Former Wilmington Trust executives overturned fraud convictions
A federal appeals court overturned the historic criminal fraud convictions of four former senior Wilmington Trust executives.
The four men faced jail time following their 2018 convictions by a Wilmington federal court on charges relating to the cover-up of bad debts from investors and regulators during the financial collapse of the banking institution in Wilmington. Wilmington.
The notice overturning the conviction, issued Tuesday morning, could pave the way for another criminal trial if federal prosecutors in Wilmington decide to prosecute the former leaders. Prosecutors can also appeal Tuesday’s decision to the United States Supreme Court.
In a written statement, US Attorney David Weiss, whose office has continued the charges, said he was “disappointed with the outcome.” He has not made a commitment to appeal the decision or retry the defendants and said his office is weighing his options.
The successful call is last chapter of the fall of the once venerable institution of Wilmington.
Two years ago, a Delaware jury found former Wilmington Trust chairman Robert Harra Jr., former CFO David Gibson, former credit manager William North and former controller Kevyn Rakowski guilty of bank fraud and conspiracy.
A host of Delaware’s elites – including former governors. Jack Markell and Mike Castle writing on behalf of Harra – wrote the judge, pleading that he would save the financiers time in prison.
But in December 2019, Harra and Gibson were sentenced to six years in prison. North was sentenced to four and a half years and Rakowski received three years for the convictions.
Richard G. Andrews, the federal judge who presided over the trial, granted the four leaders a suspension of their prison terms pending their appeals.
Prosecutors said the crimes led to the downfall of the once iconic and independent Bank of Delaware. In 2011, the bank’s assets and name were swallowed up by M&T Bank in a discount sale, depriving billions of shareholders and leaving hundreds of people in Delaware without jobs.
Prosecutors told jurors the former executives caused the collapse by conspiring to withhold information from regulators and investors about the bank’s true financial position from 2008.
They alleged that Wilmington Trust was keeping “a second set of books”, separate from those they disclosed to regulators, showing the true value of a deteriorating commercial real estate portfolio. In an internal email, referenced in court documents, a Wilmington Trust banker called the damaged assets “credit dung”.
Specific to federal crimes, bankers have been accused of withdrawing hundreds of millions of dollars in overdue loans from mandatory “overdue” reports to federal regulators.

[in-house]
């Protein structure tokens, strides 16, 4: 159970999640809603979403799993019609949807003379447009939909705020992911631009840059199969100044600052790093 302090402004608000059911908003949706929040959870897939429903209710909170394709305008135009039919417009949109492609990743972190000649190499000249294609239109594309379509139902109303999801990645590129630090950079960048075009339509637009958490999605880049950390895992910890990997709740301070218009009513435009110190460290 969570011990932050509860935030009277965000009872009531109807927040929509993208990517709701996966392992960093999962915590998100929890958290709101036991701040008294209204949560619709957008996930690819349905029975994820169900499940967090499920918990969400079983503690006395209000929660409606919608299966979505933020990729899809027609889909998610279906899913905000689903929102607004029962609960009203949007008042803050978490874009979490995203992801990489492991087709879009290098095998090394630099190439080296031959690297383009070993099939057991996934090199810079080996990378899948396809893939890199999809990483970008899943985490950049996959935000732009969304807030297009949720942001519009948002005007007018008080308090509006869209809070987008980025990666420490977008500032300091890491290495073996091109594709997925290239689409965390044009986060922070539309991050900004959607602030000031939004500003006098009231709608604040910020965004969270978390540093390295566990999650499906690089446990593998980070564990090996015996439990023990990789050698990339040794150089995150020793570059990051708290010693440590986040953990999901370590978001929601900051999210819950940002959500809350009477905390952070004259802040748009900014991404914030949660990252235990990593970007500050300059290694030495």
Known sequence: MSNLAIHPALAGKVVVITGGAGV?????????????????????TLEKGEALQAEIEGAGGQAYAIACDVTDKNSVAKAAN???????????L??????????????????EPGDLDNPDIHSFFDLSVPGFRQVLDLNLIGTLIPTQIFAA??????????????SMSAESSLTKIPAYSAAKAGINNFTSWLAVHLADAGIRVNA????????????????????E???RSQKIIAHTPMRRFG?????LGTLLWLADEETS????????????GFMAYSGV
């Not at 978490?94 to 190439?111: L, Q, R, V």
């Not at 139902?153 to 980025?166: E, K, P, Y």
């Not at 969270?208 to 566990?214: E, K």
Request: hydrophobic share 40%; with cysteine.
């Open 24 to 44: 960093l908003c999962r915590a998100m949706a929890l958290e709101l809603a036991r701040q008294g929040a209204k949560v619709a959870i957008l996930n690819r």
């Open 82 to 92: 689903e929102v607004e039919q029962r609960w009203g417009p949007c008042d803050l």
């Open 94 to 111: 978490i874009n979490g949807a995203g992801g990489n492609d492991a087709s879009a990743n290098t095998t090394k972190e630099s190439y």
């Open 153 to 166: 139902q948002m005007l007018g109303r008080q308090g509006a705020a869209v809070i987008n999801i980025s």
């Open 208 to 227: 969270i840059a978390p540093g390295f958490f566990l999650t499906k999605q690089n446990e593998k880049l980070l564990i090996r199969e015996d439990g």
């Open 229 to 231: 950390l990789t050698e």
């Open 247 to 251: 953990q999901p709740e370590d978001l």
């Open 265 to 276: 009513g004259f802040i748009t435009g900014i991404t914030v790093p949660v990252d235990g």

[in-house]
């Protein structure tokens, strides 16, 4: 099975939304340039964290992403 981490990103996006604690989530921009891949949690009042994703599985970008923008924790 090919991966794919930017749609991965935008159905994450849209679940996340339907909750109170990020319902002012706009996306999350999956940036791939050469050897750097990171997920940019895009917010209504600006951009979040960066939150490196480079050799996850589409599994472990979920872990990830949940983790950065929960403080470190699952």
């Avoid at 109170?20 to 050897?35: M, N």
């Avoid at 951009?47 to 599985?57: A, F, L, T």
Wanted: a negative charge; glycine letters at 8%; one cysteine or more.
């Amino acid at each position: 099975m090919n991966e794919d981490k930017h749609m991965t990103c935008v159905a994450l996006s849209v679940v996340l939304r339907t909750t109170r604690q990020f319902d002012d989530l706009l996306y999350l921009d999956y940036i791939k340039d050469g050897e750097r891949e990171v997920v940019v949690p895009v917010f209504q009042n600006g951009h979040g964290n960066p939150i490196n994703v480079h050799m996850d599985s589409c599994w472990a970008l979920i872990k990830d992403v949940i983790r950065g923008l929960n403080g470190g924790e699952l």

Much of these loans went to developers in southern Delaware, taking advantage of the region’s rapid growth before the Great Recession.
The issue at trial – and again on appeal – was exactly how prosecutors and the jury should define “overdue.”
Prosecutors argued that the term was clearly defined in U.S. Securities and Exchange Commission documents and should have been made clear to bankers in 2010 before they demanded $ 287 million from investors as the bank was on the verge of collapse.
Defense lawyers representing the bankers said the term was ambiguous, contained different definitions relating to banking law, and that bankers’ actions were an accepted practice, not an illegal one.
As part of the trial, Justice Andrews accepted prosecutors ‘interpretation of the definition and dismissed defense lawyers’ requests to present evidence or instruct the jury on other interpretations of the term.
Cheryl Ann Krause, the appeals judge who drafted Tuesday’s decision, wrote that the government must prove either that its interpretation of the overdue reporting requirement is the only “objectively reasonable” interpretation or that the declaration of the defendants was also false in an objectively reasonable alternative. interpretation.
“Because the government here has produced insufficient evidence from which a rational jury could find the defendants ‘statements false under this rule, we will overturn the defendants’ false statements convictions,” Krause wrote.
The bankers were convicted of charges including misrepresenting federal regulators, securities fraud and conspiracy.
The ruling essentially changes convictions for misrepresentation to acquittals, but gives federal prosecutors the option to re-prosecute certain securities fraud and conspiracy charges.
In a written statement, attorney Mike Kelly, who represented Harra, said he did not understand why the case was initiated.
“This case was an incredible waste of taxpayer money that literally ruined the lives of four innocent people,” Kelly said. “Rob and his family have endured nothing less than a nightmare for almost 10 years now.”
Lawyer Henry Klingeman, who represented Rakowski, said his client was satisfied but the “personal toll” of the process was “incalculable”.
“She did not commit any crime and it is never the fault of the defendants that the bank fought,” Klingeman wrote. “The court’s decision is a justification. “